I am a special education teacher for Anne Arundel County Public Schools. I used to love my job.
I build kids’ confidence along with their skills, help them through some of life’s toughest challenges, and have some of the most amazing colleagues and administrators anyone in the profession could ask for. I consider myself well-paid when it comes to the teaching field, and for that I am grateful. But, being a single mom and dealing with the rising cost of being alive, I ventured on to Indeed.com last week to look for some ways I could earn additional income to make ends meet. That’s when everything changed.
I saw a posting for a special education teacher by a company called Staff EZ. Location? The north county cluster of AACPS, where I work. The pay? $100,000. People who were not allowed to be considered for the role? Current AACPS teachers. This is a number I wouldn’t be able to earn even if I spent the rest of my career in AACPS. My heart sank. I had to know what was going on.
My union found out the information that has shaken my faith in the school system. In December of 2021, the school board authorized contracts with staffing agencies to hire 100 independent contractors at a rate of $101 per hour to work as special educators in our schools. This amounts to over $150,000 per school year, per position. For comparison, I earn about $65,000 per year.
I was — and am — humiliated. The board made no effort that I know of to recruit new qualified permanent special educators or retain some of the many that left. The board decided that Special Educators are worth $150,000 each but won’t authorize a 4% cost of living raise so that I can provide for my son. I wrote to the board asking how they could have done this to us. The response I received read, “Special education teachers are hired and paid using a different pay-scale due to the type of specialization they have.” This is not true. We are in the same union and on the same pay scale as all other teachers. I was humiliated that my board did not even know to what unit special educators belong. My humiliation turned to anger.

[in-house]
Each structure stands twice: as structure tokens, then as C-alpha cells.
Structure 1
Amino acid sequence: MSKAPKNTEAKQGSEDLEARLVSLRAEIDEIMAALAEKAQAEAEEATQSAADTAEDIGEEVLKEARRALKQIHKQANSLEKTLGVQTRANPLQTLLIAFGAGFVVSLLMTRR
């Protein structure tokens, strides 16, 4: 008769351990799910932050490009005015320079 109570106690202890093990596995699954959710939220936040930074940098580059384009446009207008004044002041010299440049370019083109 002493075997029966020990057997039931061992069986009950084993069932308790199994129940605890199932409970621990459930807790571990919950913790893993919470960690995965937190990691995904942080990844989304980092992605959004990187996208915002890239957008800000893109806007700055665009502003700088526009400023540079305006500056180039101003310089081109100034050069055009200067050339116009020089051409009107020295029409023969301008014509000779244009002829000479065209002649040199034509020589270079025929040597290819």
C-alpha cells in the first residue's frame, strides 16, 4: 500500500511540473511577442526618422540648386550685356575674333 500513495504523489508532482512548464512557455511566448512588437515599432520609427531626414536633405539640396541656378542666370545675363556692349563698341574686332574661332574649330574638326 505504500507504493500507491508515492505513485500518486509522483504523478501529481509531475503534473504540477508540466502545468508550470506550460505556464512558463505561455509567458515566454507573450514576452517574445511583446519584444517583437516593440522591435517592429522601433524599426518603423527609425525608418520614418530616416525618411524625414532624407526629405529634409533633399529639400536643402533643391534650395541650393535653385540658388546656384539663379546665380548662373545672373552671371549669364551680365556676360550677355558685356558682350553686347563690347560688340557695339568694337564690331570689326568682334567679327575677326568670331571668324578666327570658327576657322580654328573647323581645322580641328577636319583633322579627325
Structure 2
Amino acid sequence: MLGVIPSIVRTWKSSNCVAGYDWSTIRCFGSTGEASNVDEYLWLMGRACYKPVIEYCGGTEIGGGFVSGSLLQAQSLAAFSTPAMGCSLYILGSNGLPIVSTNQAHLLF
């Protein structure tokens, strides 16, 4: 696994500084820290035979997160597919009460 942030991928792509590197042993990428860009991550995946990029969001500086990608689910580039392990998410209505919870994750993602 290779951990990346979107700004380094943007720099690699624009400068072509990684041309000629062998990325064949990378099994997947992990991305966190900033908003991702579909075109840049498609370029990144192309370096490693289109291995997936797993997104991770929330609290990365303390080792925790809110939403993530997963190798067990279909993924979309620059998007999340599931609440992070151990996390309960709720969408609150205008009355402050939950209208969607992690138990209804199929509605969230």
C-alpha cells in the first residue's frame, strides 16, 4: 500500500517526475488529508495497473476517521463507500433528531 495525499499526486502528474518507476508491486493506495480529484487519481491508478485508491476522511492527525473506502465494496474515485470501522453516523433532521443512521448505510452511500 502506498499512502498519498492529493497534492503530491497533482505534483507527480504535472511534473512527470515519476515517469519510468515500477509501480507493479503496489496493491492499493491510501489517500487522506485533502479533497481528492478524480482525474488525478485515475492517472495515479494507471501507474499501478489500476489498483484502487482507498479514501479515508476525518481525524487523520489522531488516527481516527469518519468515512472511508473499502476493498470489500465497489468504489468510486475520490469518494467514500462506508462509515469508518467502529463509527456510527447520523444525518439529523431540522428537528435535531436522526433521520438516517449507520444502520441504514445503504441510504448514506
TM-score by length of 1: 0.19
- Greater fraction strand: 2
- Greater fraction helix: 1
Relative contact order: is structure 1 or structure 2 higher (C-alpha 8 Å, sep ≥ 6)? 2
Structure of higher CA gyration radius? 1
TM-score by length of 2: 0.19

I had to know more, so I actually interviewed with a couple of these companies. One company required me to be a certified special educator, the other did not. One offered me $50,000 (meaning the agency would pocket $100,000 of taxpayer funds), while the other did not hesitate to say yes to my request of $90,000 (still meaning the agency would pocket $60,000 of taxpayer funds). They said I would not have to work on days the students were not in the building, would not have to engage in after school meetings and duties, and that my job was just to “help” in the classroom. The waste of money, the insult to existing teachers and the knowledge that the board knows my worth but refuses to increase my salary are just more than I can bear.
Teachers are suffering in Anne Arundel County. So many of our peers left the county or the entire field of teaching, leaving hundreds of vacancies that still remain open. The board refuses to ratify our contract for this year. The board is increasing class sizes, excessing courses and reassigning non-teaching positions like media specialists to teach subjects in which they have no certification or experience. We feel abandoned and like we only have one another in this fight.
In 2019-2020, the board thanked us for our dedication to seeing our students through the initial COVID disruption and making it through the hardest year of teaching ever.
In 2020-2021, the board thanked us for juggling constantly changing expectations in virtual and hybrid learning, calling it the hardest year of teaching ever.
In 2021-2022, the board thanked us for re-acclimating and re-socializing kids who had lost almost two years of learning, calling it the hardest year of teaching ever.
Now, in 2022-2023, The board asks us to bravely and tirelessly face this teacher shortage (driven by their policies) in the hardest year ever.
When will it stop being the hardest year ever? When will the board stop asking more and more from us while giving us nothing in return, except the slap in the face of knowing we are worth $150,000 per year, but only paying us a fraction of that amount?
I am done waiting for it to stop being so hard.
Emily Archer (firstname.lastname@example.org) is a special educator in Anne Arundel County Public Schools.